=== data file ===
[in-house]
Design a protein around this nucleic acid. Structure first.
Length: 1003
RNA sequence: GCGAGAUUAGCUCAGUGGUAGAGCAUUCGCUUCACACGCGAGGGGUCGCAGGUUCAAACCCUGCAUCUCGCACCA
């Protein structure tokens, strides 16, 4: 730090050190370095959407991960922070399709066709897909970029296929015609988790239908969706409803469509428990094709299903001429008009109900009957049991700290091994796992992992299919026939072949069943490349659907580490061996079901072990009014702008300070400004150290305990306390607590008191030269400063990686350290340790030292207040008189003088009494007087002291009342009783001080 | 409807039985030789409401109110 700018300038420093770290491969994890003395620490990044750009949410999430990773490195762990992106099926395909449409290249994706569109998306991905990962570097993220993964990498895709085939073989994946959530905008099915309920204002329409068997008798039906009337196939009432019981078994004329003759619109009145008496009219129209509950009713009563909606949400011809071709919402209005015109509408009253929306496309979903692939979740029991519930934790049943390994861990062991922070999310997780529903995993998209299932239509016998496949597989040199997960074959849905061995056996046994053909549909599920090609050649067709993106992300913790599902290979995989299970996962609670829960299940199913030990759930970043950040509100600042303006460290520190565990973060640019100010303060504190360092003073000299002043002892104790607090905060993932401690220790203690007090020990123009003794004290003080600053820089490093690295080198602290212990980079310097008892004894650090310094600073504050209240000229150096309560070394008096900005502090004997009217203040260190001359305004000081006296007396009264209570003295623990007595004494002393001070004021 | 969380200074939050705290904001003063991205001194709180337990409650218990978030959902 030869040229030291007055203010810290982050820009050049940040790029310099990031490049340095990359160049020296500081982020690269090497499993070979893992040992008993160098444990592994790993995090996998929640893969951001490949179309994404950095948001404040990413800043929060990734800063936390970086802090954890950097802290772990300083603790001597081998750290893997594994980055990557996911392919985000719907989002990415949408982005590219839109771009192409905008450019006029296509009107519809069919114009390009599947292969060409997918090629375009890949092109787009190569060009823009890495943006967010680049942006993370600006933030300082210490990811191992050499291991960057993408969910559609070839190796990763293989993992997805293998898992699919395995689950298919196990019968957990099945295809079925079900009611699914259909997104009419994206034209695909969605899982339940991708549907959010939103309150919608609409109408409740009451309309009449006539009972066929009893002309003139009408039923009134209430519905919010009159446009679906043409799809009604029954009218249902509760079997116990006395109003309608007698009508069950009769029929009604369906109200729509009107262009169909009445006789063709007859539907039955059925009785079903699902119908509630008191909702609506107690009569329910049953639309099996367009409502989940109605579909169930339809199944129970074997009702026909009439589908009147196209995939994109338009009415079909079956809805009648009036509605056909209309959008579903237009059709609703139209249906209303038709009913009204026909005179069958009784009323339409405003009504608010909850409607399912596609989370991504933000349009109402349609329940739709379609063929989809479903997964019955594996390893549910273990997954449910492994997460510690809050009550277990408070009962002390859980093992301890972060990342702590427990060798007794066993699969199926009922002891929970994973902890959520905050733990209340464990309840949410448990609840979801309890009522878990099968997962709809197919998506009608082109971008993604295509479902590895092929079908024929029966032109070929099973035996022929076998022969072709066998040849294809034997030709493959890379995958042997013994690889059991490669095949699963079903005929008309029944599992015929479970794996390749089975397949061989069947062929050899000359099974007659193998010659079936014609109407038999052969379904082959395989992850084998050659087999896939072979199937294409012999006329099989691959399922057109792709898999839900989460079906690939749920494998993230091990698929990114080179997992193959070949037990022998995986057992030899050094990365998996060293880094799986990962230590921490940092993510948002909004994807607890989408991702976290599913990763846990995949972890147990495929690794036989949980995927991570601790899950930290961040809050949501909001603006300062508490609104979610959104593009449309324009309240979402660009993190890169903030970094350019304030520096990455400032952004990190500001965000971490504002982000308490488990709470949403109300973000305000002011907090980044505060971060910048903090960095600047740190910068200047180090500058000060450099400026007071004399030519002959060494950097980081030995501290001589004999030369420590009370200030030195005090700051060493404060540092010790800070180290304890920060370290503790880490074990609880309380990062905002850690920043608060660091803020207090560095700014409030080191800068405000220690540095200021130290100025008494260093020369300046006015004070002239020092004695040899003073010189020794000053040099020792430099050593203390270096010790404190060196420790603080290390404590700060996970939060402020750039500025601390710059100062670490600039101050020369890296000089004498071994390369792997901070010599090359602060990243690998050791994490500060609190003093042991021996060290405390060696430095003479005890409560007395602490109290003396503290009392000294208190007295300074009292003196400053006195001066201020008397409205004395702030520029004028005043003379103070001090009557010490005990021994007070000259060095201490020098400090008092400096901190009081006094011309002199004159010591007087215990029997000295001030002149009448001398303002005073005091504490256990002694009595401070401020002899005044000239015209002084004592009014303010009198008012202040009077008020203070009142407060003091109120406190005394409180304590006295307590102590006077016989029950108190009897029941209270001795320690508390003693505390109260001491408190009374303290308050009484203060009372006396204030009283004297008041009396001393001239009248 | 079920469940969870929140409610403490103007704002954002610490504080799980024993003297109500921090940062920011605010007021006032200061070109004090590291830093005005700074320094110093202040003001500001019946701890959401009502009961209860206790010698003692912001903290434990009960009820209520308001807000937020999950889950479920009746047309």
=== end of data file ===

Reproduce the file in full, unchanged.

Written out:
[in-house]
Design a protein around this nucleic acid. Structure first.
Length: 1003
RNA sequence: GCGAGAUUAGCUCAGUGGUAGAGCAUUCGCUUCACACGCGAGGGGUCGCAGGUUCAAACCCUGCAUCUCGCACCA
């Protein structure tokens, strides 16, 4: 730090050190370095959407991960922070399709066709897909970029296929015609988790239908969706409803469509428990094709299903001429008009109900009957049991700290091994796992992992299919026939072949069943490349659907580490061996079901072990009014702008300070400004150290305990306390607590008191030269400063990686350290340790030292207040008189003088009494007087002291009342009783001080 | 409807039985030789409401109110 700018300038420093770290491969994890003395620490990044750009949410999430990773490195762990992106099926395909449409290249994706569109998306991905990962570097993220993964990498895709085939073989994946959530905008099915309920204002329409068997008798039906009337196939009432019981078994004329003759619109009145008496009219129209509950009713009563909606949400011809071709919402209005015109509408009253929306496309979903692939979740029991519930934790049943390994861990062991922070999310997780529903995993998209299932239509016998496949597989040199997960074959849905061995056996046994053909549909599920090609050649067709993106992300913790599902290979995989299970996962609670829960299940199913030990759930970043950040509100600042303006460290520190565990973060640019100010303060504190360092003073000299002043002892104790607090905060993932401690220790203690007090020990123009003794004290003080600053820089490093690295080198602290212990980079310097008892004894650090310094600073504050209240000229150096309560070394008096900005502090004997009217203040260190001359305004000081006296007396009264209570003295623990007595004494002393001070004021 | 969380200074939050705290904001003063991205001194709180337990409650218990978030959902 030869040229030291007055203010810290982050820009050049940040790029310099990031490049340095990359160049020296500081982020690269090497499993070979893992040992008993160098444990592994790993995090996998929640893969951001490949179309994404950095948001404040990413800043929060990734800063936390970086802090954890950097802290772990300083603790001597081998750290893997594994980055990557996911392919985000719907989002990415949408982005590219839109771009192409905008450019006029296509009107519809069919114009390009599947292969060409997918090629375009890949092109787009190569060009823009890495943006967010680049942006993370600006933030300082210490990811191992050499291991960057993408969910559609070839190796990763293989993992997805293998898992699919395995689950298919196990019968957990099945295809079925079900009611699914259909997104009419994206034209695909969605899982339940991708549907959010939103309150919608609409109408409740009451309309009449006539009972066929009893002309003139009408039923009134209430519905919010009159446009679906043409799809009604029954009218249902509760079997116990006395109003309608007698009508069950009769029929009604369906109200729509009107262009169909009445006789063709007859539907039955059925009785079903699902119908509630008191909702609506107690009569329910049953639309099996367009409502989940109605579909169930339809199944129970074997009702026909009439589908009147196209995939994109338009009415079909079956809805009648009036509605056909209309959008579903237009059709609703139209249906209303038709009913009204026909005179069958009784009323339409405003009504608010909850409607399912596609989370991504933000349009109402349609329940739709379609063929989809479903997964019955594996390893549910273990997954449910492994997460510690809050009550277990408070009962002390859980093992301890972060990342702590427990060798007794066993699969199926009922002891929970994973902890959520905050733990209340464990309840949410448990609840979801309890009522878990099968997962709809197919998506009608082109971008993604295509479902590895092929079908024929029966032109070929099973035996022929076998022969072709066998040849294809034997030709493959890379995958042997013994690889059991490669095949699963079903005929008309029944599992015929479970794996390749089975397949061989069947062929050899000359099974007659193998010659079936014609109407038999052969379904082959395989992850084998050659087999896939072979199937294409012999006329099989691959399922057109792709898999839900989460079906690939749920494998993230091990698929990114080179997992193959070949037990022998995986057992030899050094990365998996060293880094799986990962230590921490940092993510948002909004994807607890989408991702976290599913990763846990995949972890147990495929690794036989949980995927991570601790899950930290961040809050949501909001603006300062508490609104979610959104593009449309324009309240979402660009993190890169903030970094350019304030520096990455400032952004990190500001965000971490504002982000308490488990709470949403109300973000305000002011907090980044505060971060910048903090960095600047740190910068200047180090500058000060450099400026007071004399030519002959060494950097980081030995501290001589004999030369420590009370200030030195005090700051060493404060540092010790800070180290304890920060370290503790880490074990609880309380990062905002850690920043608060660091803020207090560095700014409030080191800068405000220690540095200021130290100025008494260093020369300046006015004070002239020092004695040899003073010189020794000053040099020792430099050593203390270096010790404190060196420790603080290390404590700060996970939060402020750039500025601390710059100062670490600039101050020369890296000089004498071994390369792997901070010599090359602060990243690998050791994490500060609190003093042991021996060290405390060696430095003479005890409560007395602490109290003396503290009392000294208190007295300074009292003196400053006195001066201020008397409205004395702030520029004028005043003379103070001090009557010490005990021994007070000259060095201490020098400090008092400096901190009081006094011309002199004159010591007087215990029997000295001030002149009448001398303002005073005091504490256990002694009595401070401020002899005044000239015209002084004592009014303010009198008012202040009077008020203070009142407060003091109120406190005394409180304590006295307590102590006077016989029950108190009897029941209270001795320690508390003693505390109260001491408190009374303290308050009484203060009372006396204030009283004297008041009396001393001239009248 | 079920469940969870929140409610403490103007704002954002610490504080799980024993003297109500921090940062920011605010007021006032200061070109004090590291830093005005700074320094110093202040003001500001019946701890959401009502009961209860206790010698003692912001903290434990009960009820209520308001807000937020999950889950479920009746047309």